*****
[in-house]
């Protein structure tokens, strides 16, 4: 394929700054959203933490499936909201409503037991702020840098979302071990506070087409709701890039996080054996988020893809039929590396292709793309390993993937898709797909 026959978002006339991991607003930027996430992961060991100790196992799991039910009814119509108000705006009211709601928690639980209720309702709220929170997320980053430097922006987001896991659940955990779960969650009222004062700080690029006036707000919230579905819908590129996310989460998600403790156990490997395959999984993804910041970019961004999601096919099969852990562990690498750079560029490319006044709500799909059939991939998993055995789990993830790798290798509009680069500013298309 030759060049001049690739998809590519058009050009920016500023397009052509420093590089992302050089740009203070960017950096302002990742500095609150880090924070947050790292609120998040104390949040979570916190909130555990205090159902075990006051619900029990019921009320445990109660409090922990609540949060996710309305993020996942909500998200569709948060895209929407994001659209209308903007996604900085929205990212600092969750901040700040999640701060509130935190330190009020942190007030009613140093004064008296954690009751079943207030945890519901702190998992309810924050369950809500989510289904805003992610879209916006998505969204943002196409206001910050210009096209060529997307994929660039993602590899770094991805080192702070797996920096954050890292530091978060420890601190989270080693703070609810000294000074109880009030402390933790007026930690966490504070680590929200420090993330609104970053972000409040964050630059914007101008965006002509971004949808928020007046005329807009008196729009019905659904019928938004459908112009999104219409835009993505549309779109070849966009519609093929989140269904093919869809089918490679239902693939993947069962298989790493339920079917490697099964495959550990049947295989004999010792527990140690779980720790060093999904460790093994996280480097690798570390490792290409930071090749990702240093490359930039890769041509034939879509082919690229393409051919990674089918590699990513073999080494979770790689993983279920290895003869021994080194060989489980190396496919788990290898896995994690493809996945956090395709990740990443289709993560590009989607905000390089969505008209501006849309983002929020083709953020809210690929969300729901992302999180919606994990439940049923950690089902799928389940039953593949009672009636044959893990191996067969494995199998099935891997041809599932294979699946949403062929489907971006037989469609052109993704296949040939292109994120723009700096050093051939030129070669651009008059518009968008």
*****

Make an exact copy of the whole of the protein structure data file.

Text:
[in-house]
């Protein structure tokens, strides 16, 4: 394929700054959203933490499936909201409503037991702020840098979302071990506070087409709701890039996080054996988020893809039929590396292709793309390993993937898709797909 026959978002006339991991607003930027996430992961060991100790196992799991039910009814119509108000705006009211709601928690639980209720309702709220929170997320980053430097922006987001896991659940955990779960969650009222004062700080690029006036707000919230579905819908590129996310989460998600403790156990490997395959999984993804910041970019961004999601096919099969852990562990690498750079560029490319006044709500799909059939991939998993055995789990993830790798290798509009680069500013298309 030759060049001049690739998809590519058009050009920016500023397009052509420093590089992302050089740009203070960017950096302002990742500095609150880090924070947050790292609120998040104390949040979570916190909130555990205090159902075990006051619900029990019921009320445990109660409090922990609540949060996710309305993020996942909500998200569709948060895209929407994001659209209308903007996604900085929205990212600092969750901040700040999640701060509130935190330190009020942190007030009613140093004064008296954690009751079943207030945890519901702190998992309810924050369950809500989510289904805003992610879209916006998505969204943002196409206001910050210009096209060529997307994929660039993602590899770094991805080192702070797996920096954050890292530091978060420890601190989270080693703070609810000294000074109880009030402390933790007026930690966490504070680590929200420090993330609104970053972000409040964050630059914007101008965006002509971004949808928020007046005329807009008196729009019905659904019928938004459908112009999104219409835009993505549309779109070849966009519609093929989140269904093919869809089918490679239902693939993947069962298989790493339920079917490697099964495959550990049947295989004999010792527990140690779980720790060093999904460790093994996280480097690798570390490792290409930071090749990702240093490359930039890769041509034939879509082919690229393409051919990674089918590699990513073999080494979770790689993983279920290895003869021994080194060989489980190396496919788990290898896995994690493809996945956090395709990740990443289709993560590009989607905000390089969505008209501006849309983002929020083709953020809210690929969300729901992302999180919606994990439940049923950690089902799928389940039953593949009672009636044959893990191996067969494995199998099935891997041809599932294979699946949403062929489907971006037989469609052109993704296949040939292109994120723009700096050093051939030129070669651009008059518009968008």